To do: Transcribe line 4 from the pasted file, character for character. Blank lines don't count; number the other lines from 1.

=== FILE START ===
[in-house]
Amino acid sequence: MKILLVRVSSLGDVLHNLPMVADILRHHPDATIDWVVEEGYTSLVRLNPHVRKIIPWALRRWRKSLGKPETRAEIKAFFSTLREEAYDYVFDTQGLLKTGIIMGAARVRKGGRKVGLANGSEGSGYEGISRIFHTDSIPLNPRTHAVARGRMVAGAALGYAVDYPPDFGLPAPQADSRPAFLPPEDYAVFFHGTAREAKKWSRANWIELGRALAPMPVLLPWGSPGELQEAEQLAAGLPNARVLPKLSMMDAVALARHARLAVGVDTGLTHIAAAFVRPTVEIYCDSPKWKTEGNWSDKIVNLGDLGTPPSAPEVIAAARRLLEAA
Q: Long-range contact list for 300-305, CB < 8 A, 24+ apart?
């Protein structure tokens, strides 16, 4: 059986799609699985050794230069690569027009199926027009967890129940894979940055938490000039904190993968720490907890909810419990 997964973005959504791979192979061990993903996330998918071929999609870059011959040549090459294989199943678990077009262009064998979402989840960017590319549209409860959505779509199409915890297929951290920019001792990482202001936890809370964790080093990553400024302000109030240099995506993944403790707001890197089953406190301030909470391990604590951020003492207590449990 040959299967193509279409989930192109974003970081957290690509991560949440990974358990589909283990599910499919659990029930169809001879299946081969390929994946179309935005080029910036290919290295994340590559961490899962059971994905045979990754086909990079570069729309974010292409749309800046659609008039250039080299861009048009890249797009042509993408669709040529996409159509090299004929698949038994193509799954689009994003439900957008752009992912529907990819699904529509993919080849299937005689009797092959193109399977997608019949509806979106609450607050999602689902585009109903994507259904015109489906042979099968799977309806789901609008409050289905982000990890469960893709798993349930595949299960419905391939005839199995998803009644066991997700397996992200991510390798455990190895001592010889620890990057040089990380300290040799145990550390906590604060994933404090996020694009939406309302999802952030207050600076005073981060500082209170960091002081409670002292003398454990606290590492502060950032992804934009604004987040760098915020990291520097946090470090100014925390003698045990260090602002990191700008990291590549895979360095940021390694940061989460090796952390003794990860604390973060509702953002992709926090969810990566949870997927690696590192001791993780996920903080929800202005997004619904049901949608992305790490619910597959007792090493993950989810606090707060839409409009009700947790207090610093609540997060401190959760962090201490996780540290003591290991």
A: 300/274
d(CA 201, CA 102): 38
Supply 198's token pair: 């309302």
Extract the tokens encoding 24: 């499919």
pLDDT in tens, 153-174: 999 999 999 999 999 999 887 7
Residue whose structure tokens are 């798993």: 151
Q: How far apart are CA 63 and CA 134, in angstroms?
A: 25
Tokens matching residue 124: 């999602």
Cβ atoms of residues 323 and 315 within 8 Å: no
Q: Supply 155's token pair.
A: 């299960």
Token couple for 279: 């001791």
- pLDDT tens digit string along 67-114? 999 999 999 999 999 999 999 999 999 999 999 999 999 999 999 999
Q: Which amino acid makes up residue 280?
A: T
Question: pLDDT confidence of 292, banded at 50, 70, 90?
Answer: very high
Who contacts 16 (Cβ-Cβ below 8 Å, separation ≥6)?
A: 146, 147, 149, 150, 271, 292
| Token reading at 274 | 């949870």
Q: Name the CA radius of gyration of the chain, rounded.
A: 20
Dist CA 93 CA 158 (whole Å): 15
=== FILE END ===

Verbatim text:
């Protein structure tokens, strides 16, 4: 059986799609699985050794230069690569027009199926027009967890129940894979940055938490000039904190993968720490907890909810419990 997964973005959504791979192979061990993903996330998918071929999609870059011959040549090459294989199943678990077009262009064998979402989840960017590319549209409860959505779509199409915890297929951290920019001792990482202001936890809370964790080093990553400024302000109030240099995506993944403790707001890197089953406190301030909470391990604590951020003492207590449990 040959299967193509279409989930192109974003970081957290690509991560949440990974358990589909283990599910499919659990029930169809001879299946081969390929994946179309935005080029910036290919290295994340590559961490899962059971994905045979990754086909990079570069729309974010292409749309800046659609008039250039080299861009048009890249797009042509993408669709040529996409159509090299004929698949038994193509799954689009994003439900957008752009992912529907990819699904529509993919080849299937005689009797092959193109399977997608019949509806979106609450607050999602689902585009109903994507259904015109489906042979099968799977309806789901609008409050289905982000990890469960893709798993349930595949299960419905391939005839199995998803009644066991997700397996992200991510390798455990190895001592010889620890990057040089990380300290040799145990550390906590604060994933404090996020694009939406309302999802952030207050600076005073981060500082209170960091002081409670002292003398454990606290590492502060950032992804934009604004987040760098915020990291520097946090470090100014925390003698045990260090602002990191700008990291590549895979360095940021390694940061989460090796952390003794990860604390973060509702953002992709926090969810990566949870997927690696590192001791993780996920903080929800202005997004619904049901949608992305790490619910597959007792090493993950989810606090707060839409409009009700947790207090610093609540997060401190959760962090201490996780540290003591290991």